Thus there is something rather insidious going on.  If the referee feels he was right, and he is told to look at the monitor, the implication is that HQ thinks the ref was wrong.  But the ref knows that if he changes his mind and admits he was wrong, this will influence his salary.  

In short, this is nothing to do with football anymore.  This is about how much the referee earns.

Gaslighting: how refereeing in the Premier League is manipulated, and why the media never speak about it.

5 Replies to “How referees are being bribed to accept VAR decisions”

  1. I would expect that the assessment of referee bonus points by PGMOL will place great emphasis on how effective they are in penalising Arsenal.

  2. The one thing that’s lacking here is exactly what they get marked on. Is the criteria for a good score making the right decision as per the laws of the game or, as John L suggests, making the the decision which Riley would wish to see irrespective of whether it is the correct decision?

    Here we have the perfect opportunity for the PGMOL to show some integrity and transparency. Why not publish the table, once a season at least, and then reveal why certain referees received the scores they did. The only possible reason for not doing so is if you have something to hide.

  3. Of course where VAR simply forces the referee to go to the monitor and then deliberately doesn’t show him the images which confirm he was clearly correct in awarding the penalty in the first place, as in the Overruled Saka penalty versus Leeds where the ref was shown images which confirmed nothing and could have been taken from a blimp somewhere over Highgate, then their attempt at presenting an image of fair play simply falls apart. And as the author says, when the TV, in this case BT Sport, shows the image confirming the correct initial decision of the referee as part of its review and then never shows nor mentions it again after the VAR farce, airbrushing it out of history, then all pretence of fair play is really given up.

  4. In an ideal system I would expect the ref assessment and penalty system to work this way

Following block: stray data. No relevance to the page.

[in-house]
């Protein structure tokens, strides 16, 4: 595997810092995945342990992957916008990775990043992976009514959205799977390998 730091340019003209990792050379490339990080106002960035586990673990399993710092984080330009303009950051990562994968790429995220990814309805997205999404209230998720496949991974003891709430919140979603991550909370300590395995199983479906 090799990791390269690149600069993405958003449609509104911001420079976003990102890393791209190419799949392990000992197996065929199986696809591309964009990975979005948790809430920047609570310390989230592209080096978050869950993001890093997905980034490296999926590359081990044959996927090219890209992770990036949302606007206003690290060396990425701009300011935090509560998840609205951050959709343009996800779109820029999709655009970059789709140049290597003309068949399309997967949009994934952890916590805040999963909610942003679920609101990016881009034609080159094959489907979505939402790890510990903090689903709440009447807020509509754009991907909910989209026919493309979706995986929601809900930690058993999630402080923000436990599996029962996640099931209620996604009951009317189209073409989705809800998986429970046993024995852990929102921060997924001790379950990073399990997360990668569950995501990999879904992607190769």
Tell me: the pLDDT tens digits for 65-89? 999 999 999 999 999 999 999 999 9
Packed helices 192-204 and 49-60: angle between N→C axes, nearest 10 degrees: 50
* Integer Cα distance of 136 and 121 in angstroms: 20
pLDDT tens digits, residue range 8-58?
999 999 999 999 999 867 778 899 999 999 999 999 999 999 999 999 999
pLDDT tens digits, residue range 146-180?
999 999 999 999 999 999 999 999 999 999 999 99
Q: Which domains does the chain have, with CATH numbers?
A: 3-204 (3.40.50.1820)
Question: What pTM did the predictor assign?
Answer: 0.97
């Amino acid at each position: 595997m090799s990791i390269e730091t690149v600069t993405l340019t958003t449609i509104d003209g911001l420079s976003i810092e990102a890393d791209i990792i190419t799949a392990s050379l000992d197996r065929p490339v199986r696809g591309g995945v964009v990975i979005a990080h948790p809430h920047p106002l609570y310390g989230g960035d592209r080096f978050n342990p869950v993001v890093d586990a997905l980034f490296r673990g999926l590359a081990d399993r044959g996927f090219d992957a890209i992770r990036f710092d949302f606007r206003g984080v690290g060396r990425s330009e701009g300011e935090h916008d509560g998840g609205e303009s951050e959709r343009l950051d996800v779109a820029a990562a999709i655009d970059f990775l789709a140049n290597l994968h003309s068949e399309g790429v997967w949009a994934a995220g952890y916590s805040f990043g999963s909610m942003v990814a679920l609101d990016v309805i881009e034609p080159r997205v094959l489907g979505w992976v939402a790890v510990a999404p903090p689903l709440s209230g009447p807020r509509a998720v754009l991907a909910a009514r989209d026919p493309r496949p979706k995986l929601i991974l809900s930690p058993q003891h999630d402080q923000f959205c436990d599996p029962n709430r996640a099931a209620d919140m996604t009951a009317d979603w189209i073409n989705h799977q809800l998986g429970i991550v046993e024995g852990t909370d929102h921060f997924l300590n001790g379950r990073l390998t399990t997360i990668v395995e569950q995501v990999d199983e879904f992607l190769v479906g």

The ref makes a decision, VAR looks at it, if he feels the ref was wrong he calls the refs attention, the ref goes to the pitch side monitor and reviews the incident, following which he either changes his initial decision or sticks with it. At the end, the assessors asses everything, both ref and VAR are assessed, with the following as possible outcomes
    1. Ref made a wrong decision (as decided by the assessors), VAR spotted it, ref looks at the monitor, reverses the wrong decision. Verdict- right decision eventually made, no deduction from either refs pay, or slight deduction from refs pay for initially getting it wrong.
    2. Same scenario as 1, but ref refuses to overturn the wrong decision after checking the monitor. Verdict- wrong decision made by ref despite advice by VAR. Significant deduction from ref’s pay.
    3. Wrong onfield decision, VAR doesn’t also spot. Verdict -both ref and VAR get deductions.
    4. Correct onfield decision, VAR wrongly flags, ref reviews on the monitor and goes with the VAR. Verdict -wrong decision made, both refs guilty and get deductions.
    5. Scenario in number 4, but ref after reviewing at the monitor, overrules the VAR and goes with his initial decision which the assessors judge as correct. Verdict -correct decision made after ref overrules VAR. Deduction from onl VARs pay.

    I believe if this format is used, the refs would be more interested in making the right calls than worrying about whether or not they have to overturn their decision.